Benefits of deforestation

When people talk about deforestation, the things that come to mind are usually negative thoughts, mostly caused by media hype and environmentalists. People think of global warming, the depletion of natural resources and the casual extinction of native fauna and flora. Yet people don’t seem to realize that there are actually quite a few benefits to deforestation.

One of the most easily recognized benefits of deforestation is the economic one. Wood products are one of the most important building materials in human society. Whether it’s raw wood used to make tables and houses, or paper and other wood by-products, we just can’t live without the use of wood. Like steel and stone, wood is one of the most basic natural resources, and unlike steel and stone, it can be regenerated simply by growing more trees. The only real trick to balancing consumption is to grow more trees to replace those taken.

Similarly, keep in mind that many jobs revolve around the use of wood. Apart from lumberjacks, there are people who work in processing plants to make glue from wood sap, process pulp into paper and others. This is another benefit of deforestation; it opens more job opportunities for people who would otherwise be unemployed. These vacancies are more than just a humanitarian concept; society as a whole would suffer if all the people working in the timber industry suddenly became unemployed.

This benefit of deforestation not only covers the people who cut down and process trees, but also extends to the people who “clean up” afterwards. For every piece of forest that is cleared, arable land becomes available to farmers, or can be used as an area to place urban living spaces, such as apartments, houses and buildings. The number of people employed on such a construction project is numerous and varied. Or, if the city/government mandates tree replanting to replace the lost trees, jobs are also created for the people who do the seeding after a patch of forest has been cleared.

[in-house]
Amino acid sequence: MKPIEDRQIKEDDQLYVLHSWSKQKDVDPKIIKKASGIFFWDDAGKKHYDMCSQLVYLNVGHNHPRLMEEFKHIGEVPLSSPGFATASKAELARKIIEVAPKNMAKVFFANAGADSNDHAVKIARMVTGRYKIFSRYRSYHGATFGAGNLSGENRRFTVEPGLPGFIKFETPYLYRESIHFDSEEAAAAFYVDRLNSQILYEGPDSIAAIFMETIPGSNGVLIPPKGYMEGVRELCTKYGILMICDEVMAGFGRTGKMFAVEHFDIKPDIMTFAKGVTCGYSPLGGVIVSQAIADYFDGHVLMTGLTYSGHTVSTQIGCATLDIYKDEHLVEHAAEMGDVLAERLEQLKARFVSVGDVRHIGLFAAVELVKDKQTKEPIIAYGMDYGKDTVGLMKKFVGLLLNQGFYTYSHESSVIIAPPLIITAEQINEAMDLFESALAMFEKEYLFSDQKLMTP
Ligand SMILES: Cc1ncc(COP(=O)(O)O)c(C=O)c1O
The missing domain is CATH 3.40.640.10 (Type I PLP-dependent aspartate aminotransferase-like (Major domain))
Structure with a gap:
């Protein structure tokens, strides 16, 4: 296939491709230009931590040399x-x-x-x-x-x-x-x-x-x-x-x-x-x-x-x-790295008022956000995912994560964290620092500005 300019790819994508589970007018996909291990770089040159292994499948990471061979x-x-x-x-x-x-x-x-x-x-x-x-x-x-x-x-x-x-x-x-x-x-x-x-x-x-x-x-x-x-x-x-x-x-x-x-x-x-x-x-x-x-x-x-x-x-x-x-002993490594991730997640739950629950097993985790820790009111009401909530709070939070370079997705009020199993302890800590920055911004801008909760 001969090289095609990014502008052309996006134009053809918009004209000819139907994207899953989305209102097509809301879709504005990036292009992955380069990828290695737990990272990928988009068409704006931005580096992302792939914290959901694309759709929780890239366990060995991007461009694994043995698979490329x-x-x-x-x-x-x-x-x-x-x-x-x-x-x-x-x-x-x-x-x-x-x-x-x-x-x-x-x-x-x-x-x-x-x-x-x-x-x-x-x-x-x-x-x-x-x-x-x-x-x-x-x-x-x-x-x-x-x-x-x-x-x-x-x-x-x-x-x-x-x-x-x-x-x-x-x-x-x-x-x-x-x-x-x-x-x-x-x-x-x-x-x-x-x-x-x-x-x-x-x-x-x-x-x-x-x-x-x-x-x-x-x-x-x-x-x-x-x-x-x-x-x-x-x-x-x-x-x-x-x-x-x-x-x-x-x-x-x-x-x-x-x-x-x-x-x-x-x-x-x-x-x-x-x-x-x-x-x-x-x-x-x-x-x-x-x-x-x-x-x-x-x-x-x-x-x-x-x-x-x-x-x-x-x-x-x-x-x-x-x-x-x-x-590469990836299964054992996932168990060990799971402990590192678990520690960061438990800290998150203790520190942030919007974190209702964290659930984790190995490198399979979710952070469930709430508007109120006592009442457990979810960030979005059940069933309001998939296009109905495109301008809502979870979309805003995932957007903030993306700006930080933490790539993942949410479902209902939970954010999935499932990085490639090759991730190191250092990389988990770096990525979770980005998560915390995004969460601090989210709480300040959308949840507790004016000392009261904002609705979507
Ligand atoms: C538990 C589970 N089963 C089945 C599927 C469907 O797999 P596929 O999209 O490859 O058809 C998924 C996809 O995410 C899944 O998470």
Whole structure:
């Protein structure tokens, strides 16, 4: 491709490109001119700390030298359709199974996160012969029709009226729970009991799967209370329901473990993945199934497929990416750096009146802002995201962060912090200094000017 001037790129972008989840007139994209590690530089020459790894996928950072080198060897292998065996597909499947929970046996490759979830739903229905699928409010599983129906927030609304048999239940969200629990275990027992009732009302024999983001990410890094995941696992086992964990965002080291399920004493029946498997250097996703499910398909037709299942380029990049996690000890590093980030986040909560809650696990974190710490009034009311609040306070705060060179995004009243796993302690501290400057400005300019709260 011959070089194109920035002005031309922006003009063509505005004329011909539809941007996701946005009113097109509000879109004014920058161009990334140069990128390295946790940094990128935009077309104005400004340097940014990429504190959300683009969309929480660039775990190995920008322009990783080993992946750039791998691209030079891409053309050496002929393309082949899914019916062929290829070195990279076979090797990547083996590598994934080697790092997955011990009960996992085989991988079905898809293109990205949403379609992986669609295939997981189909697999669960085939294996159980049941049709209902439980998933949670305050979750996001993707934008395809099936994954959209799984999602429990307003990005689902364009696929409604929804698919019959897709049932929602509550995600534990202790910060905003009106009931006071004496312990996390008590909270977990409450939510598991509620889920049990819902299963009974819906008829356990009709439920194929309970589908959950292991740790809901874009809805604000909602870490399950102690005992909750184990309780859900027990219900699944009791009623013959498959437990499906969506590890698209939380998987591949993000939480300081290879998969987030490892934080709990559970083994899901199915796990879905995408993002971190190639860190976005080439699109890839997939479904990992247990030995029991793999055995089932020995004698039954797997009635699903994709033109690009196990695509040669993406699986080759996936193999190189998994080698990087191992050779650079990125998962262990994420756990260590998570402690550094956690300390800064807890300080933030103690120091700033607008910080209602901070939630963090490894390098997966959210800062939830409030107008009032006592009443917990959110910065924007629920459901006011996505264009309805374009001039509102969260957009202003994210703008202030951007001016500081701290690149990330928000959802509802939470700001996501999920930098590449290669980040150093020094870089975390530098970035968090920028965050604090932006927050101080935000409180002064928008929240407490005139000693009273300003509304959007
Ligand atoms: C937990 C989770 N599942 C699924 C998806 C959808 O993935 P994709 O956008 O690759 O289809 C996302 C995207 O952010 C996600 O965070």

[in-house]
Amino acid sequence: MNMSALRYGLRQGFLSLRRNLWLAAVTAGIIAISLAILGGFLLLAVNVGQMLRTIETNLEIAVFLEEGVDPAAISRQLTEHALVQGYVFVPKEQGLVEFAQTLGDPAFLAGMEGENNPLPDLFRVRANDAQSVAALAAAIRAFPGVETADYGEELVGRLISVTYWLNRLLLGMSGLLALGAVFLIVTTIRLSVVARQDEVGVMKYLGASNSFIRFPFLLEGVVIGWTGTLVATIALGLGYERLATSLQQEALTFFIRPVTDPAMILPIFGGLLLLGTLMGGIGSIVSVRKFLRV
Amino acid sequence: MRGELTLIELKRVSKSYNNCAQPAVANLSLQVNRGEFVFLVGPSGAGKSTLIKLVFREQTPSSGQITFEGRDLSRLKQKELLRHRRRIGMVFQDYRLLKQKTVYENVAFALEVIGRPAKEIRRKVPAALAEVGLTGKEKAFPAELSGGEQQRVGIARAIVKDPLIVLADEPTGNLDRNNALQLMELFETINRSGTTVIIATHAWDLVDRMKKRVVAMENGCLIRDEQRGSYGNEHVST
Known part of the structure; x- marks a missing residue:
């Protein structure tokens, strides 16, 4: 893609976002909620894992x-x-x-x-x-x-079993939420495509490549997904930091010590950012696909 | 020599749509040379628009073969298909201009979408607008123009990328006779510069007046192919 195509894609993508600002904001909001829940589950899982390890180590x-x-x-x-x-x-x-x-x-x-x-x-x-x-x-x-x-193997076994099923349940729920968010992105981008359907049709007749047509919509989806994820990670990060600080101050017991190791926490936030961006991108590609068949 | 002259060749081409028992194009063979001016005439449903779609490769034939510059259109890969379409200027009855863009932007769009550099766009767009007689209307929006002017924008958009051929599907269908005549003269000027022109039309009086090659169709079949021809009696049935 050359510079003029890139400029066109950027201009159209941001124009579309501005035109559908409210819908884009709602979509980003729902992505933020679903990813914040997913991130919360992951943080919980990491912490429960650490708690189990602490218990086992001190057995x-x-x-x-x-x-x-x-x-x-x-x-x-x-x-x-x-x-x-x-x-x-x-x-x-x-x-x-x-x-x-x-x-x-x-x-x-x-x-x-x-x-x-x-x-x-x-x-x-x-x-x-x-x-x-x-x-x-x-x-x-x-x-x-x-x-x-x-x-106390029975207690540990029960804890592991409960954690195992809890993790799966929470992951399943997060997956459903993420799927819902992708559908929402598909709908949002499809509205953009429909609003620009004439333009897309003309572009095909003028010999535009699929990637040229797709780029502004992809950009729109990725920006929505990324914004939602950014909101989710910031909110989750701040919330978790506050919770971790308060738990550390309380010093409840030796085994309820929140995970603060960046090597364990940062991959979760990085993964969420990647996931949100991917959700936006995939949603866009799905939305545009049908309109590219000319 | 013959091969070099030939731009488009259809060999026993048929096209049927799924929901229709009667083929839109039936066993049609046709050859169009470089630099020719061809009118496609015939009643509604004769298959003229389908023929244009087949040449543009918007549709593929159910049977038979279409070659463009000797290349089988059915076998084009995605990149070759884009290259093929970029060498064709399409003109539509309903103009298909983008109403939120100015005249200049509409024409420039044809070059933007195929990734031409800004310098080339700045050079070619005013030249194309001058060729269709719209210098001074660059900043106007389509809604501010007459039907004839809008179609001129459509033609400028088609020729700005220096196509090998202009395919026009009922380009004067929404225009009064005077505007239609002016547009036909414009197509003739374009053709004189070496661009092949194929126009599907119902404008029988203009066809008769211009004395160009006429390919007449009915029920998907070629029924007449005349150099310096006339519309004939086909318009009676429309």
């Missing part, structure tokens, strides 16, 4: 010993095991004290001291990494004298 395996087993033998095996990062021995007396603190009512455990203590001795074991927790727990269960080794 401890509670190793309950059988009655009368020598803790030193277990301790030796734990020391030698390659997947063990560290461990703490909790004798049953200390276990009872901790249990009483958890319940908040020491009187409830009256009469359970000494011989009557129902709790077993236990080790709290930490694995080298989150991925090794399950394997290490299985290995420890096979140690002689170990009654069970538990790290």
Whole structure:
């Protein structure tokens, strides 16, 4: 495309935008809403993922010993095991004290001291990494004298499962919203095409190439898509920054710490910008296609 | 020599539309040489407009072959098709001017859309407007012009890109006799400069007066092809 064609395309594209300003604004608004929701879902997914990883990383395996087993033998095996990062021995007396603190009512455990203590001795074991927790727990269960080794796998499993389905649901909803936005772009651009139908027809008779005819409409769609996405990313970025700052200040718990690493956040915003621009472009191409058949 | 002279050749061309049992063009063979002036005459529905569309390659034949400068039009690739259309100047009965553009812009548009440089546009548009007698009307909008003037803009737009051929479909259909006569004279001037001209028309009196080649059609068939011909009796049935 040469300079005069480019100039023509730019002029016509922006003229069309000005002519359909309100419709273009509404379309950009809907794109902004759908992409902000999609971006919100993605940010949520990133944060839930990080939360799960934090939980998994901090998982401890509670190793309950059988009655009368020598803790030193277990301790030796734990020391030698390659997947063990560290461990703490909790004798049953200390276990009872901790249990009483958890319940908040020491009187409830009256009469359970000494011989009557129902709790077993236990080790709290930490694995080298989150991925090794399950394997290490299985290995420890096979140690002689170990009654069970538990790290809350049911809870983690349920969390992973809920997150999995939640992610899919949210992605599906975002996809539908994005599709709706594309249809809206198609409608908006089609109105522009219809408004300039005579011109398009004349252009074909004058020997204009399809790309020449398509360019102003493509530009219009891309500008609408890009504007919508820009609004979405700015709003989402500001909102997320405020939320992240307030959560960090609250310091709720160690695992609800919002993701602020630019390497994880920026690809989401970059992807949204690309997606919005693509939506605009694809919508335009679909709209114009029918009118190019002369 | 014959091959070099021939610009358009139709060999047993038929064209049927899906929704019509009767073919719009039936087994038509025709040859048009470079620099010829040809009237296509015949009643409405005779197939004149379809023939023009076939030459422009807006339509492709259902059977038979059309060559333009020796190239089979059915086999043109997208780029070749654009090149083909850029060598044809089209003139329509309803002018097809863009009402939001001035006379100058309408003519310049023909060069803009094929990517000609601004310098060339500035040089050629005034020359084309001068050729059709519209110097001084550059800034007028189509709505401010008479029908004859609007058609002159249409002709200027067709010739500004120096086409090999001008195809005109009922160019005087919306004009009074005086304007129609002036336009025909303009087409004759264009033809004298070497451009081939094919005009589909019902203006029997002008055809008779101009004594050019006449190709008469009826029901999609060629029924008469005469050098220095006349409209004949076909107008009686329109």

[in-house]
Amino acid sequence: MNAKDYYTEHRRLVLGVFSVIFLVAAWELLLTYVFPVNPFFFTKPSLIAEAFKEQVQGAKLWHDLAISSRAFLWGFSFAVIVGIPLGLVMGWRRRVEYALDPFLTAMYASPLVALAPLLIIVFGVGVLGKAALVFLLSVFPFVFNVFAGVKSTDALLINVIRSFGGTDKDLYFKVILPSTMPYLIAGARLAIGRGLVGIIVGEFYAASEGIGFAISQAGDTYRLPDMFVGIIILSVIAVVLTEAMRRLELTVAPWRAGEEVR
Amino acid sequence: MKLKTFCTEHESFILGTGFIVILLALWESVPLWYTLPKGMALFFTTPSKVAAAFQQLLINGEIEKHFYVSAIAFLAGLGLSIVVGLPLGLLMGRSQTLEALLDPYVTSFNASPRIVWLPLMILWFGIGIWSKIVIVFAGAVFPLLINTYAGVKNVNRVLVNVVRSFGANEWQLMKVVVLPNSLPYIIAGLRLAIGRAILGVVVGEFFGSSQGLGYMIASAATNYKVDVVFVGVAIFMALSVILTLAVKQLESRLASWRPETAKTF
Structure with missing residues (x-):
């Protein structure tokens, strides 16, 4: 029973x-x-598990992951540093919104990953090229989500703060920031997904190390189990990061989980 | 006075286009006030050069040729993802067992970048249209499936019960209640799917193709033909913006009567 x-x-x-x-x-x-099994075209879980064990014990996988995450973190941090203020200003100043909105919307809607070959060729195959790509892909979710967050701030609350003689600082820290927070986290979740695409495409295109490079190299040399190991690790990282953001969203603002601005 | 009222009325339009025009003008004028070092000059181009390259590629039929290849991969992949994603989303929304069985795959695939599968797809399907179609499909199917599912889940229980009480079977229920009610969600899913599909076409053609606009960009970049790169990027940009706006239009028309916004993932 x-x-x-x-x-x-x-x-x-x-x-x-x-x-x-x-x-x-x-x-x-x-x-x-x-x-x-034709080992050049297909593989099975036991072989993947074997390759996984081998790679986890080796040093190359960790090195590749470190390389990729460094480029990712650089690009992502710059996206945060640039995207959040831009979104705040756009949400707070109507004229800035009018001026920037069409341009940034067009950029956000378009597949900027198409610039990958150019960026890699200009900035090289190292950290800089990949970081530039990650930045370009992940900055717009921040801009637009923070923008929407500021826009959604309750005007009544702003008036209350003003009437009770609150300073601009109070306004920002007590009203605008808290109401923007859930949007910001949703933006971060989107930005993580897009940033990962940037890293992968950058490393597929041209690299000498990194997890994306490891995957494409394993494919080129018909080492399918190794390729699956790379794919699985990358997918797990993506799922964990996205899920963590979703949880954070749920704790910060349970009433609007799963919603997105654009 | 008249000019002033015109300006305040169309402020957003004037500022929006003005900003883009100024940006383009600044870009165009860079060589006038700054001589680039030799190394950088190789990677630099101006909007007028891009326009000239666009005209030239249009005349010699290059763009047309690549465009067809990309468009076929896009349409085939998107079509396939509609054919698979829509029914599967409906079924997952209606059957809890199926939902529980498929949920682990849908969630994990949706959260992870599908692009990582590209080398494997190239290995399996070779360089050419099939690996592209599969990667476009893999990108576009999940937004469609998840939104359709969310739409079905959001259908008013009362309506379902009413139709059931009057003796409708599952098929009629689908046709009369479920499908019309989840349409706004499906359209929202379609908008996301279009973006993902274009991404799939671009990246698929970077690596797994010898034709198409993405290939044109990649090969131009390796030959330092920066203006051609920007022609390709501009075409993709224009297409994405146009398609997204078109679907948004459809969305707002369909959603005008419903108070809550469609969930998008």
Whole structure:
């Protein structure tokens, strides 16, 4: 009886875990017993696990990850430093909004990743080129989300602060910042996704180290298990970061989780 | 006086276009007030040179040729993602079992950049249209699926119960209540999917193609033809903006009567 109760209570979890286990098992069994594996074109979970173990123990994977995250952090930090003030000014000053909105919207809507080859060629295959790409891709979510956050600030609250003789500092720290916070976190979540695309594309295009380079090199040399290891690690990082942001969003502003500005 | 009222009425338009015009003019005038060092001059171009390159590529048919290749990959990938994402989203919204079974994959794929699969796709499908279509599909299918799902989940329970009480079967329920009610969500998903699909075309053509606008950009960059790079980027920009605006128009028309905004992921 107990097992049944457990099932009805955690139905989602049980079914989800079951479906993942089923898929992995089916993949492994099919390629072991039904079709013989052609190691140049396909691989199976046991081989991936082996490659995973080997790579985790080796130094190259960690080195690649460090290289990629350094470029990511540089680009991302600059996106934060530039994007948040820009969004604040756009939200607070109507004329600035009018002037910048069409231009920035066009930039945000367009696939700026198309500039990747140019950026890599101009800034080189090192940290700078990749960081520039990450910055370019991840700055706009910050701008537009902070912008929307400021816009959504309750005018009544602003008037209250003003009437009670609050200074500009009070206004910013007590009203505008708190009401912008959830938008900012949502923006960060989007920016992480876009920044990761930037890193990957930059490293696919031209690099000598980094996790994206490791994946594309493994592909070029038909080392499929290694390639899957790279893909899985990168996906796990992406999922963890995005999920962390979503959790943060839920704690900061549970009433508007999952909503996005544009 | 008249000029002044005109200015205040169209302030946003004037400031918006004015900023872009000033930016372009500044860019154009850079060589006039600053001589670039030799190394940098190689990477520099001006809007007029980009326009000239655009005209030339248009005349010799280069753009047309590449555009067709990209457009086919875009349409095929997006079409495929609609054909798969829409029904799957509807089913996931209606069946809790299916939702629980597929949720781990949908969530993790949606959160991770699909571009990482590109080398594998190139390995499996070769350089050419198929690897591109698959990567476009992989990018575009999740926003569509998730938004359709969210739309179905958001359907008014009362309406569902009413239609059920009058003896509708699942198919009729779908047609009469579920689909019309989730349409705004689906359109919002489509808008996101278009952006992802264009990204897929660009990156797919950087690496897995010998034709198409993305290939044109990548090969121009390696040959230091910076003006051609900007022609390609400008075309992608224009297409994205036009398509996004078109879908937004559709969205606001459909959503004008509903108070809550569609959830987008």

If you think about it, the cleared areas are places that offer a lot of growth potential, and this is yet another benefit of deforestation. As mentioned above, arable land is valuable, and the deforestation to make way for farmland provides a much-needed additional source of food for humans. More often than not, the soil in a forest is much richer than that of regular agricultural lands due to the wide variety of life it supports. This new land area provides a much-needed place to grow a food supply to cope with the world’s steadily growing population.

Then, of course, there’s the fact that these cleared areas could be razed to the ground for urban renewal. Given our burgeoning population growth, creating additional living space on cleared forest is another benefit of deforestation. These places can be transformed into more than just residential areas. Buildings can be placed in these deforested areas that can house offices for work, or factories to produce clothing and other essential items, or even research facilities for things like new medical or technological advancements.

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Finally, another benefit of deforestation to consider is the access it provides to other natural resources that may be within the land area of ​​the forest. Some places of heavy forests harbor iron ore, minerals and even oil deposits that can be used for human needs. These natural resources would otherwise remain dormant and untapped unless humans gain access to them. The act of deforestation is sometimes not entirely necessary to get to these deposits, but coupled with the benefits listed above, the combination of opening a new mine or oil well with additional living space or farmland for food makes a lot of sense.

So, given all the benefits of deforestation described above, you can see that more often than not, the good outweighs the bad. The planet’s environment may indeed suffer from the effects of deforestation, but that is due to irresponsible use of the resources and other benefits provided, not the deforestation itself. As humans living on the planet, it is not our duty to “hold back” and stop cutting down trees. It is to use responsibly and wisely what we collect from the earth for humanity and the planet.